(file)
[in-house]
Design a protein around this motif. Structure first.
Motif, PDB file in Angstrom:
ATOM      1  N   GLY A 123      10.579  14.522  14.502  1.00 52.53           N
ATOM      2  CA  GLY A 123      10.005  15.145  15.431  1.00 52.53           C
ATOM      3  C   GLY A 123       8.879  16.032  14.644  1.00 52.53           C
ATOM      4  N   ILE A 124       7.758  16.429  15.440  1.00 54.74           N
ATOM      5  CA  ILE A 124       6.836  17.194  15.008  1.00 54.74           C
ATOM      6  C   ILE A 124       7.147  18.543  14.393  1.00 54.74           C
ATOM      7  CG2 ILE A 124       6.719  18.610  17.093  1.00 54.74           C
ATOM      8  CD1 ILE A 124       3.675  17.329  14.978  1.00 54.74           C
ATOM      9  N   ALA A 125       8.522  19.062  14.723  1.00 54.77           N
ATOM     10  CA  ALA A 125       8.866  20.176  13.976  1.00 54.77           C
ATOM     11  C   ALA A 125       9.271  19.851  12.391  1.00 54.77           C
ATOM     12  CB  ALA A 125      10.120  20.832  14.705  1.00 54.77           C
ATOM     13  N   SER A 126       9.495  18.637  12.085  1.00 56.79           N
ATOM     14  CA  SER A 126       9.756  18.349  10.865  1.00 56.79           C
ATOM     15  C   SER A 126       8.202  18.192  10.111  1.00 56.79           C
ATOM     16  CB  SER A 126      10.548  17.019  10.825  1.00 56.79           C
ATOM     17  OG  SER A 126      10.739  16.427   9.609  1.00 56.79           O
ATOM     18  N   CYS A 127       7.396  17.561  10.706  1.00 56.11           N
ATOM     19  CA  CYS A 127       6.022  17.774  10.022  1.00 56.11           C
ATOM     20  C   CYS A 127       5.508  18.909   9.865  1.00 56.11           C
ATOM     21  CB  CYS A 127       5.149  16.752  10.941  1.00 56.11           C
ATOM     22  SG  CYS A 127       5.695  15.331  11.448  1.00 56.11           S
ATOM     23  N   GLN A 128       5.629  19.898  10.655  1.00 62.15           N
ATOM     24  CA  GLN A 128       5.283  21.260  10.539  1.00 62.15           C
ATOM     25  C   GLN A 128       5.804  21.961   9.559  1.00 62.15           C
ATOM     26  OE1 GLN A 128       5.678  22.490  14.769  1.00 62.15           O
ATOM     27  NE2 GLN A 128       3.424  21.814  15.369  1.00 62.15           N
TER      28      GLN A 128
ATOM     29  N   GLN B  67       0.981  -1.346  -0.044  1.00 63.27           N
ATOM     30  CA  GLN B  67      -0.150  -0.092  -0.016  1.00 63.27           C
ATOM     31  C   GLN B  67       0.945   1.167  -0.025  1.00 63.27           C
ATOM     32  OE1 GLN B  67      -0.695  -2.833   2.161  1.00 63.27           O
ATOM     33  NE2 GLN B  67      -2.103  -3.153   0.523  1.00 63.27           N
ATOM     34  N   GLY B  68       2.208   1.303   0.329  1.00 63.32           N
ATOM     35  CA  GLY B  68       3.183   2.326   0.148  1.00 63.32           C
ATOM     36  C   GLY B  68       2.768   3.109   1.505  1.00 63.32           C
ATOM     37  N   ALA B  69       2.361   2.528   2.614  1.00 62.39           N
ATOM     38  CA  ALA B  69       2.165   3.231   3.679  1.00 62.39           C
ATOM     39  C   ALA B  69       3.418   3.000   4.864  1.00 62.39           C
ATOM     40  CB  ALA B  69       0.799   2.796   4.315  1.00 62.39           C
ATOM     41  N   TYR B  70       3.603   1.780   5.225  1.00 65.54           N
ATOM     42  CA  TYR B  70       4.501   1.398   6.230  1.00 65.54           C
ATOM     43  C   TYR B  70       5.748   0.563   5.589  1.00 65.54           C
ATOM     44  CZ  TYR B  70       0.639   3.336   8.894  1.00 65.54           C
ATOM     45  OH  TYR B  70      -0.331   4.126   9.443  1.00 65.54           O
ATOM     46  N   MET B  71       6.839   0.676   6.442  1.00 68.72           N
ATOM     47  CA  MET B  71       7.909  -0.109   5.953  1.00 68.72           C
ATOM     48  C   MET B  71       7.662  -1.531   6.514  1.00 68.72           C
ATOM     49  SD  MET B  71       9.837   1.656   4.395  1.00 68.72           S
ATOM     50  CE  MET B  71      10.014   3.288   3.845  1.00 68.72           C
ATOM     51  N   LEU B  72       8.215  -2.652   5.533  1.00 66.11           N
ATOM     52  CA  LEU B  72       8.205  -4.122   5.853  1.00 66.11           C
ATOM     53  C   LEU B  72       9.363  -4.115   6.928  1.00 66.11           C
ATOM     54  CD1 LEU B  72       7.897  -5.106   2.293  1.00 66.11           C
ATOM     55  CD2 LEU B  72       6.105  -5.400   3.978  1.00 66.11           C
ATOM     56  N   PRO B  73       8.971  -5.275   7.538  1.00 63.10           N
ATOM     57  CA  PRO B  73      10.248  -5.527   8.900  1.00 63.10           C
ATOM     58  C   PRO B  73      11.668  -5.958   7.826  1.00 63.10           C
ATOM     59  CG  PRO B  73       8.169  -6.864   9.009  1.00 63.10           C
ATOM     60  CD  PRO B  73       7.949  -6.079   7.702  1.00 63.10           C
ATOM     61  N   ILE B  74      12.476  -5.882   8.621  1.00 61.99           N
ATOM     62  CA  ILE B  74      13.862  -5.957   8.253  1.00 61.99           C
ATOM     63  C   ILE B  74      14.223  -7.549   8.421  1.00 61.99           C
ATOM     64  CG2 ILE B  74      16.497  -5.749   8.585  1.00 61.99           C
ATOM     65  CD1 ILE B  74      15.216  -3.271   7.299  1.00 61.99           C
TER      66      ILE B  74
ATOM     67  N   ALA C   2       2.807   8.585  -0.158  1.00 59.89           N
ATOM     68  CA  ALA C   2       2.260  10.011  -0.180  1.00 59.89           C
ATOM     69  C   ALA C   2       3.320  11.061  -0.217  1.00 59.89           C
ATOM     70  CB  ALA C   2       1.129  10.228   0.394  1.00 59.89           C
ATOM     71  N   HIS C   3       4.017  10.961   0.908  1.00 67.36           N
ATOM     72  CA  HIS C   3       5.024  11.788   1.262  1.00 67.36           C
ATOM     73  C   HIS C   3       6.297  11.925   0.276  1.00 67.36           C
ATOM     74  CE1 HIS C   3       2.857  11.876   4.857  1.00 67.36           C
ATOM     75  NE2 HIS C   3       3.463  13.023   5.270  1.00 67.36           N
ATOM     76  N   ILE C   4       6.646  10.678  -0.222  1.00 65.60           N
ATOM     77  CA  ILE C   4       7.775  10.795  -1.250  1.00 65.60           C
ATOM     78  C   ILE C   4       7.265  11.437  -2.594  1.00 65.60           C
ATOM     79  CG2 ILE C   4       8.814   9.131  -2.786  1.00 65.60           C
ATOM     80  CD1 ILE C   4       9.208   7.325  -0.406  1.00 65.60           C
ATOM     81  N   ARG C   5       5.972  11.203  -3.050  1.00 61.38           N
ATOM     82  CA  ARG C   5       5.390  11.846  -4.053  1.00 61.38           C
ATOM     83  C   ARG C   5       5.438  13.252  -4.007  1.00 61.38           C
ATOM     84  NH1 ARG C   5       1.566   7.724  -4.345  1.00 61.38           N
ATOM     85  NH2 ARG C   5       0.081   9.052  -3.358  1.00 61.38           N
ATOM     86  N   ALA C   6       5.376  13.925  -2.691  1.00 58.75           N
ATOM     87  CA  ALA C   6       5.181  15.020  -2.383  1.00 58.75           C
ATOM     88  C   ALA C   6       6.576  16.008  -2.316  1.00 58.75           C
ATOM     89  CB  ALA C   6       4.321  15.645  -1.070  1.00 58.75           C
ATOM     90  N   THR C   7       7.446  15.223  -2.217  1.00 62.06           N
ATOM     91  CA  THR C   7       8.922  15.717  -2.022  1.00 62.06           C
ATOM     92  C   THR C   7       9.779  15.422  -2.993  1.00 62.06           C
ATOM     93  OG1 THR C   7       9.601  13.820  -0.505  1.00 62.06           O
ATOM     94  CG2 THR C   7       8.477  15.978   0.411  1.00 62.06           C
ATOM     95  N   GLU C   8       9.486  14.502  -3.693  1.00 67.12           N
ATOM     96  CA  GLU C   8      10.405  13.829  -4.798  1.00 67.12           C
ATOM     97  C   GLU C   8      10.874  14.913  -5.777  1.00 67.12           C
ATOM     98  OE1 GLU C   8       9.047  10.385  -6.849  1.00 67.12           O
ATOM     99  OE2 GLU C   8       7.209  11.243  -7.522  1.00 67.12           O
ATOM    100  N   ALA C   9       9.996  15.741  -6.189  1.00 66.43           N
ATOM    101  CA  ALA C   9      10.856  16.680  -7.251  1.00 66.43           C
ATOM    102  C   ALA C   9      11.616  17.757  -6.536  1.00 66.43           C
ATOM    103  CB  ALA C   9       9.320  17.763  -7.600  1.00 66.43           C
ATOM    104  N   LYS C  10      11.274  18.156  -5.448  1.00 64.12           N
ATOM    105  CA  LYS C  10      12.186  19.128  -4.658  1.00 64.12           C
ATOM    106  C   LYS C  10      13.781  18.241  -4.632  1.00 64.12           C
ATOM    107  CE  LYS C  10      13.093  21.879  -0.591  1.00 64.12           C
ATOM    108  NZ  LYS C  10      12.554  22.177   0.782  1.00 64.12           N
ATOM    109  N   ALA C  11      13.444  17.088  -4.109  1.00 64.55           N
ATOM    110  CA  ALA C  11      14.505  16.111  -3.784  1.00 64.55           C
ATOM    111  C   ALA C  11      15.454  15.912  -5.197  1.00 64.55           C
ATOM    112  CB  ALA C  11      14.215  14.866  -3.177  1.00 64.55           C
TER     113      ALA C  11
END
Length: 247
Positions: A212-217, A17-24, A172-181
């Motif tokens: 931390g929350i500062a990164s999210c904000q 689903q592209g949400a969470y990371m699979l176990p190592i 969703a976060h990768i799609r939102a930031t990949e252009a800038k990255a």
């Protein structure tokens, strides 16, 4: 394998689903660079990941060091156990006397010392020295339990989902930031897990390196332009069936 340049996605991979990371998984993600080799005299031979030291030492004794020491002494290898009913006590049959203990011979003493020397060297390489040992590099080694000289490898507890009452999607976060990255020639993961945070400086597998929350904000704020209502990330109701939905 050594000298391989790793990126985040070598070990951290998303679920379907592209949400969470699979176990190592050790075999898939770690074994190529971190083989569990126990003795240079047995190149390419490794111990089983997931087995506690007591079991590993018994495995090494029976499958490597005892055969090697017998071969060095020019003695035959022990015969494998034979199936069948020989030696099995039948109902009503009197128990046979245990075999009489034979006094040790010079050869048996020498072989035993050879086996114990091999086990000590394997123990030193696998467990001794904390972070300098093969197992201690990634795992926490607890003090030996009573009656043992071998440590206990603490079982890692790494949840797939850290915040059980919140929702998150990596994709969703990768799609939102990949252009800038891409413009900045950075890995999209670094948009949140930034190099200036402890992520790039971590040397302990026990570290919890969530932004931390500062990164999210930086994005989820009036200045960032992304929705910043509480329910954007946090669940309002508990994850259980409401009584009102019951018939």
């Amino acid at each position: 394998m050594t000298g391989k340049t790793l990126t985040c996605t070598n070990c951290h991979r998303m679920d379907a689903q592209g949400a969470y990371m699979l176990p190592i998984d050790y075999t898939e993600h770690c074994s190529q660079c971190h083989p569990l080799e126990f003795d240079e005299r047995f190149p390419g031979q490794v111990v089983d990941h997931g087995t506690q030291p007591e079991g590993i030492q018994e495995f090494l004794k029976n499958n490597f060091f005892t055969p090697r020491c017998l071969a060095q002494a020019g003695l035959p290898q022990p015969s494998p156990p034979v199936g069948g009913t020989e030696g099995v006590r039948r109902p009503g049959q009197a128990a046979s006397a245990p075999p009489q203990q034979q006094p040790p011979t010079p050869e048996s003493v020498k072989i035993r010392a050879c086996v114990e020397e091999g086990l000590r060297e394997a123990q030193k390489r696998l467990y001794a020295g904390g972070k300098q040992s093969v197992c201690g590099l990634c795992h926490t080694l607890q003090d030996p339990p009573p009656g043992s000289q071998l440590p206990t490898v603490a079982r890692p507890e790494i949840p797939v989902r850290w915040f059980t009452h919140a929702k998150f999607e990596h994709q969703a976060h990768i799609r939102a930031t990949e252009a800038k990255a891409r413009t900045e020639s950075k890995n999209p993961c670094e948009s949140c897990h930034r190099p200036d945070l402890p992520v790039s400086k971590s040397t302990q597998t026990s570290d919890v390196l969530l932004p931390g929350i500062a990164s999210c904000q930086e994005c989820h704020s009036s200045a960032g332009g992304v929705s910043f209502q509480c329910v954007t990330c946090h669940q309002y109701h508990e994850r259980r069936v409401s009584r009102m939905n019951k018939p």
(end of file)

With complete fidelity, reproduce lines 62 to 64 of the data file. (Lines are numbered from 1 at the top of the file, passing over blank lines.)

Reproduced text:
ATOM     59  CG  PRO B  73       8.169  -6.864   9.009  1.00 63.10           C
ATOM     60  CD  PRO B  73       7.949  -6.079   7.702  1.00 63.10           C
ATOM     61  N   ILE B  74      12.476  -5.882   8.621  1.00 61.99           N